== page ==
The invention will be described for the purpose of illustration only, in connection with certain embodiments; however, it is recognized that various changes, modifications, additions and improvements may be made in the illustrated embodiments without departing from the spirit and scope of the invention.
The drawing is a schematic, side-sectional, fragmentary view of the fish tag harpoon of the invention.
The accompanying drawing shows a side-sectional view of the fish tag harpoon of the invention 10 in a pre-use position. The harpoon rod section 12 having a one front end 38 and another rear end 36 and having a brass adapter 14 within the one front end 38 of the rod 12 with an aluminum sleeve 16 in the adapter 14 and set with an Allen screw 18 to secure the sleeve 16 in position. The free end of the adapter 14 includes brass shank 20 and a rubber shock absorber cap 22 in position on the end of the adapter 14. The cap 22 of a flexible elastomeric material is placed over the one end of the adapter 14, and in the nonuse position as shown, spaced slightly apart from the free end of the adapter 14 by a space 40. The plastic dart 24 has a stainless steel tip 26 for insertion into the fish or mammal. The dart 24 is connected to a sonic tracking tag 28, for example, a self-contained battery-operated, sonic signal-emitter, by means of a 150 pound test monofilament line 30. A plurality of rubber or elastic bands 32 releasably secures the tag 28 to the harpoon rod 12. A singular rubber band 34 releasably secures the monofilament line 30 to the brass shank 20.
In use, the harpoon is aimed at a free-swimming fish or mammal, such as a bluefin tuna, and thrown by hand to lodge the tip 26 of the dart 24 into the fish. The impact of the thrust and the resulting shock to the fish is absorbed by the shock absorber 22 at the end of the brass shank 20. Retrieval of the harpoon by the user causes the rubber bands 32 and 34 to snap and release the sonic tracking tag 28 from the harpoon rod and to have the sonic tracking tag 28 secured to the fish by line 30. The fish so tagged, may then be tracked or identified by employing a sonic receiving device to receive signals from the tag 28. In this manner, minimal stress is placed on the fish or mammal and minimal injury is caused to the creature.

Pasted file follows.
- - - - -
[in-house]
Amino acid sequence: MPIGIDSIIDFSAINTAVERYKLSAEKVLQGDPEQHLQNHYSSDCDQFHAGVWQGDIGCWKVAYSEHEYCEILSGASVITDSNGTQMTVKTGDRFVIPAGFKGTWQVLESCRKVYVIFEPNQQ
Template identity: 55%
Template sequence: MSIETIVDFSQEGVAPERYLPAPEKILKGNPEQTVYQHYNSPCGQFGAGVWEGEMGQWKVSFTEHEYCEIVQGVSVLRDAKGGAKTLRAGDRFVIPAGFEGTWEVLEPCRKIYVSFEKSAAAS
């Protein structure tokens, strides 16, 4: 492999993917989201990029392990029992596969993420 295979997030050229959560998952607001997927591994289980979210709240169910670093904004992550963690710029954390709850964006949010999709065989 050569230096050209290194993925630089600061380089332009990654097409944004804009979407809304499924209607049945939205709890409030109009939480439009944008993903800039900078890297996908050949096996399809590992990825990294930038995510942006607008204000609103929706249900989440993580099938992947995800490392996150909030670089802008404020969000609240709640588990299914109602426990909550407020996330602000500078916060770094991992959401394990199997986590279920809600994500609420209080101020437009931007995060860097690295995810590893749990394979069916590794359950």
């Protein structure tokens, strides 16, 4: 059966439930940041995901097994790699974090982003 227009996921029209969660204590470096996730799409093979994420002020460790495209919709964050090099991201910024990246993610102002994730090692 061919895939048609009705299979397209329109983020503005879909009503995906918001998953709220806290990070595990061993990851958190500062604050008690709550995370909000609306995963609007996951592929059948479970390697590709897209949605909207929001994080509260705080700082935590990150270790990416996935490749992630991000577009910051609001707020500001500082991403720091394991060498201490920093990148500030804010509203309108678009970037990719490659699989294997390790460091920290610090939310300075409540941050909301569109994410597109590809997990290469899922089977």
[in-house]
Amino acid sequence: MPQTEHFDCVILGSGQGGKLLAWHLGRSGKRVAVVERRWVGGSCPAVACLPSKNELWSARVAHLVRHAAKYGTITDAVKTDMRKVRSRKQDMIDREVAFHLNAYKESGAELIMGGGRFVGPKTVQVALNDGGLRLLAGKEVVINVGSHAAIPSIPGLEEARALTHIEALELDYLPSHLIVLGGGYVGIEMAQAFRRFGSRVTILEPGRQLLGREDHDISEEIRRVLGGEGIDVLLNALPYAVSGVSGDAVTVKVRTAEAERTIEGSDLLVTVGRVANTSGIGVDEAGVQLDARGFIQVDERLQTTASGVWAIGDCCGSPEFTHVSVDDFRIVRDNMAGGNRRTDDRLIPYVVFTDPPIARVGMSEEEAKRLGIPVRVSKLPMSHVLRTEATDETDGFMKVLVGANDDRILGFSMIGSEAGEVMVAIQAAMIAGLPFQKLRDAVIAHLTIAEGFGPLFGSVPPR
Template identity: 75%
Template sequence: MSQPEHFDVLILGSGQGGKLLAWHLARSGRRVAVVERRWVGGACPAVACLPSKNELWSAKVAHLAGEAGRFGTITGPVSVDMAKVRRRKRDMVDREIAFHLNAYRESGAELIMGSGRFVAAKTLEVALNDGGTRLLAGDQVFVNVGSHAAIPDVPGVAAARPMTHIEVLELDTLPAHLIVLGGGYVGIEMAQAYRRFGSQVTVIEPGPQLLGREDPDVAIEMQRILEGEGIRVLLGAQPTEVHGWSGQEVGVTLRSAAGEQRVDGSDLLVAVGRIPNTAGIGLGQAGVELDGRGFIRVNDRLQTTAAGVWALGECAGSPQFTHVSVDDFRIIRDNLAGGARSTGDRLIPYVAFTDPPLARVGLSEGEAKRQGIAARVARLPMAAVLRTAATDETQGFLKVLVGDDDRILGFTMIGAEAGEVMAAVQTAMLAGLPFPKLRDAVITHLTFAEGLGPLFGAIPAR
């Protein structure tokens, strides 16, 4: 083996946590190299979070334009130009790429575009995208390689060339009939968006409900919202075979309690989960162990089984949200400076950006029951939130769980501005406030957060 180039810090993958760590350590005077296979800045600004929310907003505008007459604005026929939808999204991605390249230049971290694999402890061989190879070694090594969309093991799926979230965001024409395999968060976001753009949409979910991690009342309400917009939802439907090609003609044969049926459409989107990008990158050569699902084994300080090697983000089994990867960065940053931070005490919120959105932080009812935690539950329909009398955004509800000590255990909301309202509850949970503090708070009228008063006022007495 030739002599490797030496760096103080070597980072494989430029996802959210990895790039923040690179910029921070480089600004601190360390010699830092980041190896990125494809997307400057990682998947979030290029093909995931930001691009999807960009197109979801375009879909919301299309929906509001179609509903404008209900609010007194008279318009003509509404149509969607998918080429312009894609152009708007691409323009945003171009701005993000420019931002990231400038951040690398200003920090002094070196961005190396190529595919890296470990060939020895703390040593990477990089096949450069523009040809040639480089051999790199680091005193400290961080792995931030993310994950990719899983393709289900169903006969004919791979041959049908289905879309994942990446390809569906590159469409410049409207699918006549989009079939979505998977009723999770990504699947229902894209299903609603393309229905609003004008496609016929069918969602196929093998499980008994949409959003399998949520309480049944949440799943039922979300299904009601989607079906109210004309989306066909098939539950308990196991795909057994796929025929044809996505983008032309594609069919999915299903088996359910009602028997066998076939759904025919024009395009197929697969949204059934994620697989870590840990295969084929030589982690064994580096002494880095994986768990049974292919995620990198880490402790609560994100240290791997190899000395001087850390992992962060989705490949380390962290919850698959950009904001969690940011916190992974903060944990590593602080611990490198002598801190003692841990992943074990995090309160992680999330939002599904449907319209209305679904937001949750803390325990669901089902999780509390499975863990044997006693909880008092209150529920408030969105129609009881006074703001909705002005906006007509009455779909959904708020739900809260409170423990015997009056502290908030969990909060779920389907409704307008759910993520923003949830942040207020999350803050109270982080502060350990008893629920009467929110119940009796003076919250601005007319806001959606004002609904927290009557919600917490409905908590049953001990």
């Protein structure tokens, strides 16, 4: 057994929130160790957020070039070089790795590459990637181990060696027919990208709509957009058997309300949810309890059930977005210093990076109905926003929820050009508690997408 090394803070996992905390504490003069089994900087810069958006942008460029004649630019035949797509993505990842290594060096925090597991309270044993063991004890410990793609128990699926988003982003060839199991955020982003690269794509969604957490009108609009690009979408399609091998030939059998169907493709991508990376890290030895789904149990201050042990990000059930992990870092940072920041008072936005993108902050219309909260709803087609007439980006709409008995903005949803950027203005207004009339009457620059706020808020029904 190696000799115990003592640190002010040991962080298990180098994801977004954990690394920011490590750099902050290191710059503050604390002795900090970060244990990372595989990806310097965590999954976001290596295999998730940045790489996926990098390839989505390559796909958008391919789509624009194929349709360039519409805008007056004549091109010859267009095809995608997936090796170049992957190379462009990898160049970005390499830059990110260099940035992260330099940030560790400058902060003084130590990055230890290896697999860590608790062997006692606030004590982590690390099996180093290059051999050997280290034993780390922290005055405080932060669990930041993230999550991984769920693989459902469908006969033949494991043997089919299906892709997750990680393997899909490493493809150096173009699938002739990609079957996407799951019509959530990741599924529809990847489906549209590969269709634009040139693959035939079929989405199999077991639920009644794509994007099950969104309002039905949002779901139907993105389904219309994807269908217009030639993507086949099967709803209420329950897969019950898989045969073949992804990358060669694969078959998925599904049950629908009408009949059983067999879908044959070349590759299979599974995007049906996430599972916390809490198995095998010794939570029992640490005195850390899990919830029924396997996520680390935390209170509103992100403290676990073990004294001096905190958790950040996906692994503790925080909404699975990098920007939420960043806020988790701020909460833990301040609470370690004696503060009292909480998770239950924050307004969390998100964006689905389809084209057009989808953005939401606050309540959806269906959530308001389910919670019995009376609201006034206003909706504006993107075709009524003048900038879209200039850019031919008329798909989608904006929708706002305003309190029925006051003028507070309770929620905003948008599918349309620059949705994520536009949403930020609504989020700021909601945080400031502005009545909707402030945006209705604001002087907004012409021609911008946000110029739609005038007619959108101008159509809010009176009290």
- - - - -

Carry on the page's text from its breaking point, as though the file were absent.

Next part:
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|International Classification||A01K61/00, F42B30/14, F42B12/36, A01K81/00, A01K81/04|
|Cooperative Classification||F42B12/36, A01K61/90, A01K81/00, A01K81/04, F42B30/14|
|European Classification||A01K61/00A, A01K81/00, F42B12/36, F42B30/14, A01K81/04|
|Sep 22, 1997||AS||Assignment|
Owner name: EAST COAST TUNA ASSOCIATION, VIRGINIA
Free format text: ASSIGNMENT OF ASSIGNORS INTEREST;ASSIGNOR:CHAPRALES, WILLIAM C.;REEL/FRAME:008826/0143
Effective date: 19970922
|Nov 19, 2003||REMI||Maintenance fee reminder mailed|
|Nov 20, 2003||REMI||Maintenance fee reminder mailed|
|May 3, 2004||LAPS||Lapse for failure to pay maintenance fees|
|Jun 29, 2004||FP||Expired due to failure to pay maintenance fee|
Effective date: 20040502